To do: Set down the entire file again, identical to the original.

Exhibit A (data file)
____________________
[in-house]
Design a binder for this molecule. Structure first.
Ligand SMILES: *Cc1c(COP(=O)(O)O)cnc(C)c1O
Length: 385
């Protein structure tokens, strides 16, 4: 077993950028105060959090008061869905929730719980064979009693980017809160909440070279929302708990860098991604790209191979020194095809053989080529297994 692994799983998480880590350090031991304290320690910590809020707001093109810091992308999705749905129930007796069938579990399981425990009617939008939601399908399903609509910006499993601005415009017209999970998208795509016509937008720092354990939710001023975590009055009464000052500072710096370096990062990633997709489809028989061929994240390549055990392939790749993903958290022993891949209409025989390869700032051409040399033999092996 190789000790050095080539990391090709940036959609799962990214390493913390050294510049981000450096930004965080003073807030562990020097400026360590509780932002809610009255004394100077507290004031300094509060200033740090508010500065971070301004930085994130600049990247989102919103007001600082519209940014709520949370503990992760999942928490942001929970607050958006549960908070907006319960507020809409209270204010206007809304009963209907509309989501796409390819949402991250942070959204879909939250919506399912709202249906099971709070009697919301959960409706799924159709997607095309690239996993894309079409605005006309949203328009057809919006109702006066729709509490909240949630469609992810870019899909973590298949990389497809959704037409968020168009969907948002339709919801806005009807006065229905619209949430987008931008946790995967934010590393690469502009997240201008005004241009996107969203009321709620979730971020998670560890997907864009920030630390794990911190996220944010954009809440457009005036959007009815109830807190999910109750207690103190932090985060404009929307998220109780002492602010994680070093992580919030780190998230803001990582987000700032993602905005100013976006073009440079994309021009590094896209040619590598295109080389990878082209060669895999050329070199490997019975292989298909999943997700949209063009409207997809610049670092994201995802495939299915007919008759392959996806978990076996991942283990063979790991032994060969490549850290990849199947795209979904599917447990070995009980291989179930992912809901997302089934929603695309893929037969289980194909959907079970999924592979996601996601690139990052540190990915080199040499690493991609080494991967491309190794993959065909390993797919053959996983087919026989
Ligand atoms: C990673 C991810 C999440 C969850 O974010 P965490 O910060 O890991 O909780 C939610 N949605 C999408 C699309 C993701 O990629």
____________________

[in-house]
Design a binder for this molecule. Structure first.
Ligand SMILES: *Cc1c(COP(=O)(O)O)cnc(C)c1O
Length: 385
């Protein structure tokens, strides 16, 4: 077993950028105060959090008061869905929730719980064979009693980017809160909440070279929302708990860098991604790209191979020194095809053989080529297994 692994799983998480880590350090031991304290320690910590809020707001093109810091992308999705749905129930007796069938579990399981425990009617939008939601399908399903609509910006499993601005415009017209999970998208795509016509937008720092354990939710001023975590009055009464000052500072710096370096990062990633997709489809028989061929994240390549055990392939790749993903958290022993891949209409025989390869700032051409040399033999092996 190789000790050095080539990391090709940036959609799962990214390493913390050294510049981000450096930004965080003073807030562990020097400026360590509780932002809610009255004394100077507290004031300094509060200033740090508010500065971070301004930085994130600049990247989102919103007001600082519209940014709520949370503990992760999942928490942001929970607050958006549960908070907006319960507020809409209270204010206007809304009963209907509309989501796409390819949402991250942070959204879909939250919506399912709202249906099971709070009697919301959960409706799924159709997607095309690239996993894309079409605005006309949203328009057809919006109702006066729709509490909240949630469609992810870019899909973590298949990389497809959704037409968020168009969907948002339709919801806005009807006065229905619209949430987008931008946790995967934010590393690469502009997240201008005004241009996107969203009321709620979730971020998670560890997907864009920030630390794990911190996220944010954009809440457009005036959007009815109830807190999910109750207690103190932090985060404009929307998220109780002492602010994680070093992580919030780190998230803001990582987000700032993602905005100013976006073009440079994309021009590094896209040619590598295109080389990878082209060669895999050329070199490997019975292989298909999943997700949209063009409207997809610049670092994201995802495939299915007919008759392959996806978990076996991942283990063979790991032994060969490549850290990849199947795209979904599917447990070995009980291989179930992912809901997302089934929603695309893929037969289980194909959907079970999924592979996601996601690139990052540190990915080199040499690493991609080494991967491309190794993959065909390993797919053959996983087919026989
Ligand atoms: C990673 C991810 C999440 C969850 O974010 P965490 O910060 O890991 O909780 C939610 N949605 C999408 C699309 C993701 O990629």